“The biggest concern with making them permanent is fraud,” Massey said. “So you see some members [of Congress] that are very vocal and very concerned about oversight of those flexibilities. But I think generally, there’s broad support for the value of those flexibilities and how they’ve improved access to care.”

Extending rural payment programs – As part of the funding package signed in March, two programs that are a key payment lifeline for certain rural hospitals – the Medicare-Dependent Hospital (MDH) and the Low-Volume Adjustment (LVA) programs – were extended through the end of the year. MDH provides payments to facilities that serve a particularly high proportion of Medicare payments, while LVA issues add-on payments to facilities that meet certain requirements, including falling below a threshold number of discharges. THA will again ask for continuation of these programs.

340B Drug Pricing Program transparency – THA and AHA and other hospital advocates oppose any new reporting burdens for an industry that already has plenty of them. Nonetheless, the 340B program – which requires Medicaid-participating pharmaceutical-makers to sell outpatient drugs at a discount to organizations that serve low-income and uninsured patients – has been a longtime target for increased reporting and oversight. Some lawmakers have been considering requiring facilities to report how they reinvest savings they’ve realized from the reduced drug prices in 340B.

Site-neutral payments – and many if not all of these other issues – are likely to be part of negotiations for an end-of-year package that Massey predicts will be “a complete Christmas tree,” jargon for legislation on which hangs a ton of weighty policy matters.

“That’s where we’re going to see these rural health extenders. That’s where we‘re going to see telehealth,” she said. “That may be where we see more Medicaid DSH. There’s going to be a lot of spending items in that package, and they’re going to be looking for [cost] offsets. I would really be surprised if site-neutral doesn’t come in there.”


[Below is the previous update, originally published Sept. 5, 2023.]

This month, hospital advocates and Congress face a tense environment and a tight window.

Next week, lawmakers return to Washington, D.C. from their August work period – a period of about a month and a half in which members of the House of Representatives return to their districts, talk with constituents and get the lay of the land back home.

When members of the Texas congressional delegation return to D.C., they’ll quickly receive a welcome-back from the Texas Hospital Association. THA will send members of its advocacy team to Washington in mid-September to meet with lawmakers and their staffs about pending proposals that would harm hospitals, including payment cuts and onerous reporting burdens.

For THA, building the coalitions on these issues among Texas lawmakers will be paramount. But much like what THA faced in this year’s state legislative session, the environment won’t be an easy navigable one.

“The degree of scrutiny that I feel like hospitals are under right now, and over this last year, is something that I really haven’t seen in a while,” said Cameron Krier Massey, JD, MPH, a federal lobbyist for THA. “It is the reason for very focused engagement and advocacy – not just from THA, but also from our member hospitals to their elected officials.”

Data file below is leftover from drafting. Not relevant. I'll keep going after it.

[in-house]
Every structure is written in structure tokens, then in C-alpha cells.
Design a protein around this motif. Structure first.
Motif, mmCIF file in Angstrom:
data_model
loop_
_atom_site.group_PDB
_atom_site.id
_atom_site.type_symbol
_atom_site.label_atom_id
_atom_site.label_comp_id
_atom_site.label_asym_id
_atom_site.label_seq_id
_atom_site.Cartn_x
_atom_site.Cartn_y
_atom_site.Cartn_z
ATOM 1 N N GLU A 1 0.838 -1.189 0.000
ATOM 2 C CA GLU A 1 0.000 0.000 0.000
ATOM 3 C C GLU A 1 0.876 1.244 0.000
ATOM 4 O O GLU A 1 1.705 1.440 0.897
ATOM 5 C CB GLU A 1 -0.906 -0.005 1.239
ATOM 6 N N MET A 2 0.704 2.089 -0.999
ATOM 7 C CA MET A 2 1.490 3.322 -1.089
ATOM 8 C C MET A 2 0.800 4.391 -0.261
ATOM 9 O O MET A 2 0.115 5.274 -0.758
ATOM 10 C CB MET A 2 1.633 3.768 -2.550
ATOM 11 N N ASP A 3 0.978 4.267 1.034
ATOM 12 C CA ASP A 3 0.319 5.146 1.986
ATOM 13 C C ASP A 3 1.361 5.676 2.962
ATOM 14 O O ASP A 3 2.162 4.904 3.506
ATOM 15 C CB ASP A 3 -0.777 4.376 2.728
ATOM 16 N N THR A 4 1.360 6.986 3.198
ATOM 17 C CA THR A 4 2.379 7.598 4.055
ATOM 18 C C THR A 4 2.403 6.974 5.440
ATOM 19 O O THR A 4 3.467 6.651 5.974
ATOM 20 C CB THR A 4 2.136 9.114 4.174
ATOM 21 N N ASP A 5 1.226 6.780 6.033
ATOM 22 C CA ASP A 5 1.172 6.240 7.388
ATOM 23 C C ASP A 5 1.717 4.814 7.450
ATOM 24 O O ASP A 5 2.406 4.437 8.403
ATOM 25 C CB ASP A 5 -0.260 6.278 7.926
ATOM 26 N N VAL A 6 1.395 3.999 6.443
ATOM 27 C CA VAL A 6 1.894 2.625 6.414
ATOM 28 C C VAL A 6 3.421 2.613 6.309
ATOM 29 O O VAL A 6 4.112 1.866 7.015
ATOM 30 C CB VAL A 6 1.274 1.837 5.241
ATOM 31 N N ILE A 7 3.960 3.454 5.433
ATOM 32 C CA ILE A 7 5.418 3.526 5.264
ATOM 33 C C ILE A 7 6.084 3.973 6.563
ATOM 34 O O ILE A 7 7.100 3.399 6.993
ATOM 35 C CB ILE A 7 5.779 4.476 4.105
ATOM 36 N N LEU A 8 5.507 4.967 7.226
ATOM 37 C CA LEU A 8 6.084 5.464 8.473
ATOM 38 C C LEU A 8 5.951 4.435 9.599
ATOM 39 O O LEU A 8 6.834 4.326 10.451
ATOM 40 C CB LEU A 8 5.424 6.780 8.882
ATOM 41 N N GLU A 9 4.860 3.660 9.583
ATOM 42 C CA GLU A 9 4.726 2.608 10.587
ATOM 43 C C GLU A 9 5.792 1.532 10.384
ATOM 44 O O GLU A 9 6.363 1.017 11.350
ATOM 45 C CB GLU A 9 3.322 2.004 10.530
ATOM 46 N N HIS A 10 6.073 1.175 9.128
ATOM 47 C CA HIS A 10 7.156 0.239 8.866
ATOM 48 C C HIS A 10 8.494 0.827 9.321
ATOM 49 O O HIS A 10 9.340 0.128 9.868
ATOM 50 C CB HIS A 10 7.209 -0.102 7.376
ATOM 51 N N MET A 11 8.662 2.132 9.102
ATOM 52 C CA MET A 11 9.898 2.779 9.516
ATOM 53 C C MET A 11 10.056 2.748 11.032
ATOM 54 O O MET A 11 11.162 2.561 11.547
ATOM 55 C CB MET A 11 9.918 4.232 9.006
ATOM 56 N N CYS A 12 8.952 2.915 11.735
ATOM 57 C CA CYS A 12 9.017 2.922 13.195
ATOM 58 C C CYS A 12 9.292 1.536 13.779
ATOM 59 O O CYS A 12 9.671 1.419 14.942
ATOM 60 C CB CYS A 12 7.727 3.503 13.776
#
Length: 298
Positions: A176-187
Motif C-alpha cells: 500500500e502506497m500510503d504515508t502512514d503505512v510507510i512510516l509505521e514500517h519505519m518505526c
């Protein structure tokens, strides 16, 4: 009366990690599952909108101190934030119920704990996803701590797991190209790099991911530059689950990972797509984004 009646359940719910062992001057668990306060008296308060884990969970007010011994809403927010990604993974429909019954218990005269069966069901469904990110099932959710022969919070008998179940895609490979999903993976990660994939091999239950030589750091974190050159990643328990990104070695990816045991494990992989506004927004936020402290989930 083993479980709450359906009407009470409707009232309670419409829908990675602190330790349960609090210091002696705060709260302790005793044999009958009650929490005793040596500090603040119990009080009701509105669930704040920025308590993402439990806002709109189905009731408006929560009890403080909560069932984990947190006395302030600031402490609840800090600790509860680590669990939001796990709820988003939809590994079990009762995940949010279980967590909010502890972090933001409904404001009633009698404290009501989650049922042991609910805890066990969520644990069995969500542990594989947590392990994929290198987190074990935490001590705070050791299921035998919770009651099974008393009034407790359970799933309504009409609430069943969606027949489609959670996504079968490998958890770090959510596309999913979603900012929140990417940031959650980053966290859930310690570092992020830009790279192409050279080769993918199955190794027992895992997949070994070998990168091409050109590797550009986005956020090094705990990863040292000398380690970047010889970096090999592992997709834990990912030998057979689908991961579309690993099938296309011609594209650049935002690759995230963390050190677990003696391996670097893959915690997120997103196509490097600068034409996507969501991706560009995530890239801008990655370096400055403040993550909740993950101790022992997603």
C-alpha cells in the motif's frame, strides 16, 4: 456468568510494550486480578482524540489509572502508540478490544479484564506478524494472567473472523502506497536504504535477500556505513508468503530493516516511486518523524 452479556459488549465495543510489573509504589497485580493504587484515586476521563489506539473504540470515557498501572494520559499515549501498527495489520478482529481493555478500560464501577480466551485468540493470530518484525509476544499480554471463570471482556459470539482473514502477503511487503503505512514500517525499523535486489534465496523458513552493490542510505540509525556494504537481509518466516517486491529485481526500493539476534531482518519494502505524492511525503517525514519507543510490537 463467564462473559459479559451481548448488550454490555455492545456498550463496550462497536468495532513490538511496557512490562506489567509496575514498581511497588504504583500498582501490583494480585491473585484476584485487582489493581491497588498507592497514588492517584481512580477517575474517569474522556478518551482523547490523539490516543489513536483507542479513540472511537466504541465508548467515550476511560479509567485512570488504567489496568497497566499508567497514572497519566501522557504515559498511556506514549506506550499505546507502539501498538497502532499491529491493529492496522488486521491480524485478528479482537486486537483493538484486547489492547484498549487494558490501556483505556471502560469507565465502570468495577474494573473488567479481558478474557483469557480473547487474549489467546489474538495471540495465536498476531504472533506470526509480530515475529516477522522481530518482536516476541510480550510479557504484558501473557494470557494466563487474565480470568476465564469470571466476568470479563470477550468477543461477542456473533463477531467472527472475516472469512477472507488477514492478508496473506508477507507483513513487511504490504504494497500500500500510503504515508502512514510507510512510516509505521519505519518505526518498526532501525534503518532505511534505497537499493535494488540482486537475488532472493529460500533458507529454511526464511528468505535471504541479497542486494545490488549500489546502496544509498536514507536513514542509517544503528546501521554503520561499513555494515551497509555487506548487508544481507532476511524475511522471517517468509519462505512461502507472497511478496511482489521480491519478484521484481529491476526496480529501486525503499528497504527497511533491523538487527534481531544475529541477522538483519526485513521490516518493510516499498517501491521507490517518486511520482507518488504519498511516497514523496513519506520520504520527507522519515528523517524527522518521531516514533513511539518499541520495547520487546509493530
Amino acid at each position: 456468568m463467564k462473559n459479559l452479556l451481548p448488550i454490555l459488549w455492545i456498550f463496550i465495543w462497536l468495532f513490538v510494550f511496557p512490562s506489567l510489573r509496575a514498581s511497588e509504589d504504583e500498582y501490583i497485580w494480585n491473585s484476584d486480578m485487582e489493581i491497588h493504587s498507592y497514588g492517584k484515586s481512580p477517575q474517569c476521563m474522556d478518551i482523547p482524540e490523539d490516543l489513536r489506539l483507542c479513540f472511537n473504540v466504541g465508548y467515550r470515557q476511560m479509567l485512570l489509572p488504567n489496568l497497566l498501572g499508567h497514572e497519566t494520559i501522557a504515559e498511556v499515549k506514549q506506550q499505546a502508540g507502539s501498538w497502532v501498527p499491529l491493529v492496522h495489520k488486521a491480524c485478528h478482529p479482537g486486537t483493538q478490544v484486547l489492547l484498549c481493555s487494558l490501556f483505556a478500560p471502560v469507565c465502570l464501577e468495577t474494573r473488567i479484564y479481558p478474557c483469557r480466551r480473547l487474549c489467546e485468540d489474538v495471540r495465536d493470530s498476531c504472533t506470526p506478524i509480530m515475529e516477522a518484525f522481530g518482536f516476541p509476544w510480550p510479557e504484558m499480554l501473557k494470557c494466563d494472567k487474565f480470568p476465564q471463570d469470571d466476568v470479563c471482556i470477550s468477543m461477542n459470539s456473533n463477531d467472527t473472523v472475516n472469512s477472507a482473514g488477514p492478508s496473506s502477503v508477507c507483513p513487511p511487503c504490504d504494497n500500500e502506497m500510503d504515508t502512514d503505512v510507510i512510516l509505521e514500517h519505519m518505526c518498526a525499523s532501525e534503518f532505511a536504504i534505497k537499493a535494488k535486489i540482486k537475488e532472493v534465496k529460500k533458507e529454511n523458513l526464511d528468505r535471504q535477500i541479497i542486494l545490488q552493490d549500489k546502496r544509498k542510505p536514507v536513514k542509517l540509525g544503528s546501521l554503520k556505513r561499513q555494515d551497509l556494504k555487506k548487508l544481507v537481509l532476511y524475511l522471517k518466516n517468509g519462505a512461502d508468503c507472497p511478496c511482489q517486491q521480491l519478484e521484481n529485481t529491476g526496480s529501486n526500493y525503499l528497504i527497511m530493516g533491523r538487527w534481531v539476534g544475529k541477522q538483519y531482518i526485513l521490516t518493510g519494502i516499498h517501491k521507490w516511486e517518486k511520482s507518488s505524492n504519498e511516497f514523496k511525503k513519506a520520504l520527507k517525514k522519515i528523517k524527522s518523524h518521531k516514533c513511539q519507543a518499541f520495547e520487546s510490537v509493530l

Time will also be a factor, Massey notes: the House will be in session for just 12 days in September before the federal fiscal year begins on Oct. 1. And from there, the House will be in session for just 36 days before the end of the year.

Here’s a look at some of the key issues THA will be engaged on as Congress returns.

Site-neutral payment cuts

THA, the American Hospital Association and other hospital advocates will be in full gear attempting to stop proposed cuts involving the expansion of site-neutral payment policies, including measures that already passed out of the House Energy & Commerce (E&C) and Ways & Means committees.

The concept behind “site-neutral” payments is just as it sounds: Whether receiving their care in a hospital outpatient department or in a physician’s office, patients would pay the lowest amount for that care.

THA and AHA have noted repeatedly that the higher costs associated with hospital outpatient visits are warranted and necessary: Hospitals generally treat sicker patients than physician outpatient settings do, and are subject to a much higher regulatory burden, along with more stringent licensing and accreditation standards. Site-neutral policies, and the cuts they bring for hospitals, slice into those facilities’ ability to care for patients – in a Medicare setting that already pays below cost.

Nonetheless, proposals to expand site-neutral payment structures – in this case, for drug administration services – have gained momentum in D.C. in recent months. The one that passed out of the Energy & Commerce Committee in May would institute site-neutral payments for drug administration services in previously grandfathered hospital outpatient settings – facilities that were carved out of previous site-neutral laws. For those hospital outpatient departments, a four-year phase-in would begin in 2025.